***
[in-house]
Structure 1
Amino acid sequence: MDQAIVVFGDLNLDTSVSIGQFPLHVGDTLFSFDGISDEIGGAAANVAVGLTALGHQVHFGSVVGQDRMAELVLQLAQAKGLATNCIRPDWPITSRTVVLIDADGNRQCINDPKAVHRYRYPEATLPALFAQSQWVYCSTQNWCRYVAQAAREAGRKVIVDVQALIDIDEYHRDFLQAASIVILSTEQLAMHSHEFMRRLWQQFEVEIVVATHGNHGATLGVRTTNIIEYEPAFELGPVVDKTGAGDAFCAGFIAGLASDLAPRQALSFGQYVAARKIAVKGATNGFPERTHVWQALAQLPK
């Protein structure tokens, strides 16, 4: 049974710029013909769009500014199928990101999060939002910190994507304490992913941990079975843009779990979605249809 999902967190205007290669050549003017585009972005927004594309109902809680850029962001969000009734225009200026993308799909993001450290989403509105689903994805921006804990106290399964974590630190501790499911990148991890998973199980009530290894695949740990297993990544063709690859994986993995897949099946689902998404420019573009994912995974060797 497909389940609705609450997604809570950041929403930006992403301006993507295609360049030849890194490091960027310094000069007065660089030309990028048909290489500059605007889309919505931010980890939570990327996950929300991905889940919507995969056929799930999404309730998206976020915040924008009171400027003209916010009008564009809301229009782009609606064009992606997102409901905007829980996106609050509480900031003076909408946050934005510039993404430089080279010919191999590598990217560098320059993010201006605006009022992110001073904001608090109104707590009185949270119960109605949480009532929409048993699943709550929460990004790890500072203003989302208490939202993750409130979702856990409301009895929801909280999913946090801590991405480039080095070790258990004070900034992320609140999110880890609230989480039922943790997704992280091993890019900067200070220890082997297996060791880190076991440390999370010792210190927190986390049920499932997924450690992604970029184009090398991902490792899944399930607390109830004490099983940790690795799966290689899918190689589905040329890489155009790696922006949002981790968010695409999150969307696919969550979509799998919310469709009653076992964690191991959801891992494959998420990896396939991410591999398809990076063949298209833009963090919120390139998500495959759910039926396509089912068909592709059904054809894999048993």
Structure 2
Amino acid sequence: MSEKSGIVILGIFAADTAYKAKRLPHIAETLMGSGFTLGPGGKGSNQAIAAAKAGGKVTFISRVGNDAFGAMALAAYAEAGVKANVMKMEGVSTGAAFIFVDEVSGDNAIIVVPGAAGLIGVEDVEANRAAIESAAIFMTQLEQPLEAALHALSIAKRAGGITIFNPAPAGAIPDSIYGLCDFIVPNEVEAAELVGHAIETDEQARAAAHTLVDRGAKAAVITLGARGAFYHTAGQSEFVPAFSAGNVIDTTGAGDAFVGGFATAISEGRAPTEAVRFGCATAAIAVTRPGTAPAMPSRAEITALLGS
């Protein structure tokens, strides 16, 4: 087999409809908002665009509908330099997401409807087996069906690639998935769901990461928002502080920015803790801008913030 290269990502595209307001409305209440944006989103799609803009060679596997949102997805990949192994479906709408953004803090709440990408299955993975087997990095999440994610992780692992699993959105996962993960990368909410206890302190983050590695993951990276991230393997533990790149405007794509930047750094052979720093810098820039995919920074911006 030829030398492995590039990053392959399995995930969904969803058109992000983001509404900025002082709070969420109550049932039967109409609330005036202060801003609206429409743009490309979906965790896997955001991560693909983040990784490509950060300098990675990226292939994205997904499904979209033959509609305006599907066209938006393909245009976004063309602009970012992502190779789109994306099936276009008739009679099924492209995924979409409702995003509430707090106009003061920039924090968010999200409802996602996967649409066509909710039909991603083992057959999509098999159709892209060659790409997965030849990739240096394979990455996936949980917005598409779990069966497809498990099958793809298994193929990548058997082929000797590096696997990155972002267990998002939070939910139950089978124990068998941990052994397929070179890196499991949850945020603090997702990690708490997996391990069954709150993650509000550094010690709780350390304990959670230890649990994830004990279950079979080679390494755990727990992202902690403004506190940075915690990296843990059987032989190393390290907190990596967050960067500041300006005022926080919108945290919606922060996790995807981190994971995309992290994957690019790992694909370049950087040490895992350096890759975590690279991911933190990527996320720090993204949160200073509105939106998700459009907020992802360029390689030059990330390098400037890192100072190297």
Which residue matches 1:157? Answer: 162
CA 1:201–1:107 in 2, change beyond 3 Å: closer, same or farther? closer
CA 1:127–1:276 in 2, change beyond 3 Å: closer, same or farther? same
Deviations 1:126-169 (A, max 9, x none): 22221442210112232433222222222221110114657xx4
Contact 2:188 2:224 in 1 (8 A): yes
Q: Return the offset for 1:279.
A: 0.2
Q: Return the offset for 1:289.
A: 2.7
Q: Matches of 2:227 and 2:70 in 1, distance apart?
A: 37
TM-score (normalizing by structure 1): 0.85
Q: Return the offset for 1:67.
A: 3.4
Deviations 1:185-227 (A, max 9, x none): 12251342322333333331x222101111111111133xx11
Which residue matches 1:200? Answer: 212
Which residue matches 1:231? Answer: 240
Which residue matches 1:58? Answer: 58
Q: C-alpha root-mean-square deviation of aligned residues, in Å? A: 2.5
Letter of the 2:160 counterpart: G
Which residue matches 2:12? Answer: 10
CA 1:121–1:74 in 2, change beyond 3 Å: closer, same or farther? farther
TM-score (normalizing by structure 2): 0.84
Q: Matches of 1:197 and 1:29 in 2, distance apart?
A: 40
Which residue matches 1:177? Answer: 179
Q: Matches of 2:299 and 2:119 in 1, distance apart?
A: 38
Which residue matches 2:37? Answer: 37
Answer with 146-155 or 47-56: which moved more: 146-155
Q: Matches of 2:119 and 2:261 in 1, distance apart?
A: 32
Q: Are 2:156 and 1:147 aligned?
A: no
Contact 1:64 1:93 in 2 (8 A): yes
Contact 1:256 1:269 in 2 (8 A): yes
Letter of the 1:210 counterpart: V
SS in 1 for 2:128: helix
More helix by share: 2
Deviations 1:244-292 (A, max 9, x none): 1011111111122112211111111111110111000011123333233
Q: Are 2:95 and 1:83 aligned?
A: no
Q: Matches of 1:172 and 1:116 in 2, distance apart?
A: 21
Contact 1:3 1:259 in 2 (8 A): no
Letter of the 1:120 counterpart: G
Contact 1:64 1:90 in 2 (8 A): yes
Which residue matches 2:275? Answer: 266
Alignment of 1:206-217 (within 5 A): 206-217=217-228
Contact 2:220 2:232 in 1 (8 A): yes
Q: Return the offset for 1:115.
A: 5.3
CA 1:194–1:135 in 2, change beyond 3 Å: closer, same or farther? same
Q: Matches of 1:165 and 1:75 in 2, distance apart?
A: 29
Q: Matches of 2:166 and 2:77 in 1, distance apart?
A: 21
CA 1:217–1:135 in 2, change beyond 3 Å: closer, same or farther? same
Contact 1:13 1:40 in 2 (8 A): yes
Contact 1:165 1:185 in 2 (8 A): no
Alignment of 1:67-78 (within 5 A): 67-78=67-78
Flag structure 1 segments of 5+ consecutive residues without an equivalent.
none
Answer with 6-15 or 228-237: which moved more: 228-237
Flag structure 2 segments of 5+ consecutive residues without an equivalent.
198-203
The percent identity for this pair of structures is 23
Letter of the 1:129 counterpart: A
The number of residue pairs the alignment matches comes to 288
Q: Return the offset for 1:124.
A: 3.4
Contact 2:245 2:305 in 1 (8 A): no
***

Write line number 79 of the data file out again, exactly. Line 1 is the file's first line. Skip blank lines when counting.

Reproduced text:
Contact 2:245 2:305 in 1 (8 A): no